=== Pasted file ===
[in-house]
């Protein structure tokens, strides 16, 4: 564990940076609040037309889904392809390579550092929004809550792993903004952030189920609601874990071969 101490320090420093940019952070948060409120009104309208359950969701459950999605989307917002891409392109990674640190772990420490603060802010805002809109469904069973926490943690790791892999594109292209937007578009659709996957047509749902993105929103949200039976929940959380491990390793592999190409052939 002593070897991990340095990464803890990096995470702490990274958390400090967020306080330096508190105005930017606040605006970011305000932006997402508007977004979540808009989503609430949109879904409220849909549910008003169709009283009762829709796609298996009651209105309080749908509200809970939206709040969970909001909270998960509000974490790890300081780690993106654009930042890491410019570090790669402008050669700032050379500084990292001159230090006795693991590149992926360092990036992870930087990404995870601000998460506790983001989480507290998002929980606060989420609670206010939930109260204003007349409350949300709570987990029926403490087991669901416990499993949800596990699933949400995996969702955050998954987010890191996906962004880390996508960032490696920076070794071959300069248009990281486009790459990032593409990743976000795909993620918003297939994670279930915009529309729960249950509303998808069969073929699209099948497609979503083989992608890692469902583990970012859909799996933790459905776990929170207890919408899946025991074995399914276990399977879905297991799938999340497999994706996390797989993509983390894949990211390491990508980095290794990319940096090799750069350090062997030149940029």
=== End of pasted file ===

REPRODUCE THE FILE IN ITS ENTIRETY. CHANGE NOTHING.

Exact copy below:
[in-house]
């Protein structure tokens, strides 16, 4: 564990940076609040037309889904392809390579550092929004809550792993903004952030189920609601874990071969 101490320090420093940019952070948060409120009104309208359950969701459950999605989307917002891409392109990674640190772990420490603060802010805002809109469904069973926490943690790791892999594109292209937007578009659709996957047509749902993105929103949200039976929940959380491990390793592999190409052939 002593070897991990340095990464803890990096995470702490990274958390400090967020306080330096508190105005930017606040605006970011305000932006997402508007977004979540808009989503609430949109879904409220849909549910008003169709009283009762829709796609298996009651209105309080749908509200809970939206709040969970909001909270998960509000974490790890300081780690993106654009930042890491410019570090790669402008050669700032050379500084990292001159230090006795693991590149992926360092990036992870930087990404995870601000998460506790983001989480507290998002929980606060989420609670206010939930109260204003007349409350949300709570987990029926403490087991669901416990499993949800596990699933949400995996969702955050998954987010890191996906962004880390996508960032490696920076070794071959300069248009990281486009790459990032593409990743976000795909993620918003297939994670279930915009529309729960249950509303998808069969073929699209099948497609979503083989992608890692469902583990970012859909799996933790459905776990929170207890919408899946025991074995399914276990399977879905297991799938999340497999994706996390797989993509983390894949990211390491990508980095290794990319940096090799750069350090062997030149940029």